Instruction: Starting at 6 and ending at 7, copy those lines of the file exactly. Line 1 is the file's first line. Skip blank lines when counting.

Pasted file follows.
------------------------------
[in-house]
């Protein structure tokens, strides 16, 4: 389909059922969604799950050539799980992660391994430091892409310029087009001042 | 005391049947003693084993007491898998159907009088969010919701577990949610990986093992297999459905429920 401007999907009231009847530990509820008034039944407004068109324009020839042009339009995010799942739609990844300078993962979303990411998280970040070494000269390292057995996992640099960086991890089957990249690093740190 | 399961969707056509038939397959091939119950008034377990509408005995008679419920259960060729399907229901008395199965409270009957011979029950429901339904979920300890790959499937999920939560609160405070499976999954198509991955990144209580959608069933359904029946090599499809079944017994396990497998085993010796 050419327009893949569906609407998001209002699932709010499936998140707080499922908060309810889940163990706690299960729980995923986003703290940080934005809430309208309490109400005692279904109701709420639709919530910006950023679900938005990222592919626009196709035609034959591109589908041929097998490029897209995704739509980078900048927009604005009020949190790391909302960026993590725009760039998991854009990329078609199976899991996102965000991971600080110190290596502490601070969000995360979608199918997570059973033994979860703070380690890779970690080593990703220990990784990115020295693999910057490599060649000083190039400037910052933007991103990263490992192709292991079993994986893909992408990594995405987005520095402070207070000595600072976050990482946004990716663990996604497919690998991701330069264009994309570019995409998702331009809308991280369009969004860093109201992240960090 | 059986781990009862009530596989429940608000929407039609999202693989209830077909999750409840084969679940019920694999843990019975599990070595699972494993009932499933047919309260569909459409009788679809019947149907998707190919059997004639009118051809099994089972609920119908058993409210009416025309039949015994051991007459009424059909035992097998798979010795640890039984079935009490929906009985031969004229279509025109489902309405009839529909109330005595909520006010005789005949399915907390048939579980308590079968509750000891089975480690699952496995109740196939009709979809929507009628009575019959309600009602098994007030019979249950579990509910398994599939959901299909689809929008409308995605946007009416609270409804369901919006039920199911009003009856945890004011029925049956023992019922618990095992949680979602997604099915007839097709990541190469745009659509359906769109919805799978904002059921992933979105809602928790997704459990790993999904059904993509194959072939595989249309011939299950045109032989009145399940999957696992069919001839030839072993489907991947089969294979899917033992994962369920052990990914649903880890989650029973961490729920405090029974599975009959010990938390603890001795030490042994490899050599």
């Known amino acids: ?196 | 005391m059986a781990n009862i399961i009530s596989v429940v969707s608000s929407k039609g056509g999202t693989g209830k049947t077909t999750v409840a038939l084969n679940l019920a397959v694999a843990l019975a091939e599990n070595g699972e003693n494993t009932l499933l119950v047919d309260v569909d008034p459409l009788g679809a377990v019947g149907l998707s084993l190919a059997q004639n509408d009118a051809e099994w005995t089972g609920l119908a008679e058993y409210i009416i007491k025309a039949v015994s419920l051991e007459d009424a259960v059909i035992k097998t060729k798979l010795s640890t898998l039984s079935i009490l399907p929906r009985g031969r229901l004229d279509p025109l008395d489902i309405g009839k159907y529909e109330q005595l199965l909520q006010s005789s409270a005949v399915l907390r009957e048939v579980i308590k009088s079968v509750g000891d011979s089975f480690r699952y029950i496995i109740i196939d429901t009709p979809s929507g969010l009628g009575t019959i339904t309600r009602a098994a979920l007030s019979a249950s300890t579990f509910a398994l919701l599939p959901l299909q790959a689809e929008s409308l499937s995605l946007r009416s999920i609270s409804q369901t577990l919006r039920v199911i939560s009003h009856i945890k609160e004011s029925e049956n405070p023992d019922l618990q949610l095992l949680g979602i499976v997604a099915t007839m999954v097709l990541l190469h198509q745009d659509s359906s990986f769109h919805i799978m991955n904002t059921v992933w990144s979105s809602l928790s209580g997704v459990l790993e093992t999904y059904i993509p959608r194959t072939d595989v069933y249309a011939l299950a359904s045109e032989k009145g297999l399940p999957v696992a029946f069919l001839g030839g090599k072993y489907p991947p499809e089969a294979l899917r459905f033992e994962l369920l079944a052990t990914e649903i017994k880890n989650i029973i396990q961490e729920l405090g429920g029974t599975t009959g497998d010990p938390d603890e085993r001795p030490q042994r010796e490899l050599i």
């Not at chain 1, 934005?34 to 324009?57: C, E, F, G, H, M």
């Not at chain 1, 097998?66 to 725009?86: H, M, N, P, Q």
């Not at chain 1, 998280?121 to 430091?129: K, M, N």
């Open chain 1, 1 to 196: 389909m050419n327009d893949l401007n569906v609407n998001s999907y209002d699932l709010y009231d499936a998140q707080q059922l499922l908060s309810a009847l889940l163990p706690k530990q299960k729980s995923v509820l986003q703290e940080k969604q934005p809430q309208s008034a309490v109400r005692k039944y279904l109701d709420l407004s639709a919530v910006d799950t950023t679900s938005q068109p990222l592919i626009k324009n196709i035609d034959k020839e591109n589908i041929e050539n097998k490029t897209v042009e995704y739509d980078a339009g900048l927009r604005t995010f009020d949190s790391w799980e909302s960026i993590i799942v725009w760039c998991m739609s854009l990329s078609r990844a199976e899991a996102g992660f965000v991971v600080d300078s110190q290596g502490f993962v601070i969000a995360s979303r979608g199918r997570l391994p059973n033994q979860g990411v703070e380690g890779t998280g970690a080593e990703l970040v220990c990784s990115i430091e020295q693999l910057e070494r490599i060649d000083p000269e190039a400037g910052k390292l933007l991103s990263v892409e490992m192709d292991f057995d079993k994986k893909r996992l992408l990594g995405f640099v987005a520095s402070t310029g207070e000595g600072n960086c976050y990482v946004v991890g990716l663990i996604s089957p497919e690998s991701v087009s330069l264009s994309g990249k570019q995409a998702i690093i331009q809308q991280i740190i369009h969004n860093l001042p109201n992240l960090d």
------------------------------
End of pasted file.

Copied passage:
């Not at chain 1, 998280?121 to 430091?129: K, M, N």
């Open chain 1, 1 to 196: 389909m050419n327009d893949l401007n569906v609407n998001s999907y209002d699932l709010y009231d499936a998140q707080q059922l499922l908060s309810a009847l889940l163990p706690k530990q299960k729980s995923v509820l986003q703290e940080k969604q934005p809430q309208s008034a309490v109400r005692k039944y279904l109701d709420l407004s639709a919530v910006d799950t950023t679900s938005q068109p990222l592919i626009k324009n196709i035609d034959k020839e591109n589908i041929e050539n097998k490029t897209v042009e995704y739509d980078a339009g900048l927009r604005t995010f009020d949190s790391w799980e909302s960026i993590i799942v725009w760039c998991m739609s854009l990329s078609r990844a199976e899991a996102g992660f965000v991971v600080d300078s110190q290596g502490f993962v601070i969000a995360s979303r979608g199918r997570l391994p059973n033994q979860g990411v703070e380690g890779t998280g970690a080593e990703l970040v220990c990784s990115i430091e020295q693999l910057e070494r490599i060649d000083p000269e190039a400037g910052k390292l933007l991103s990263v892409e490992m192709d292991f057995d079993k994986k893909r996992l992408l990594g995405f640099v987005a520095s402070t310029g207070e000595g600072n960086c976050y990482v946004v991890g990716l663990i996604s089957p497919e690998s991701v087009s330069l264009s994309g990249k570019q995409a998702i690093i331009q809308q991280i740190i369009h969004n860093l001042p109201n992240l960090d």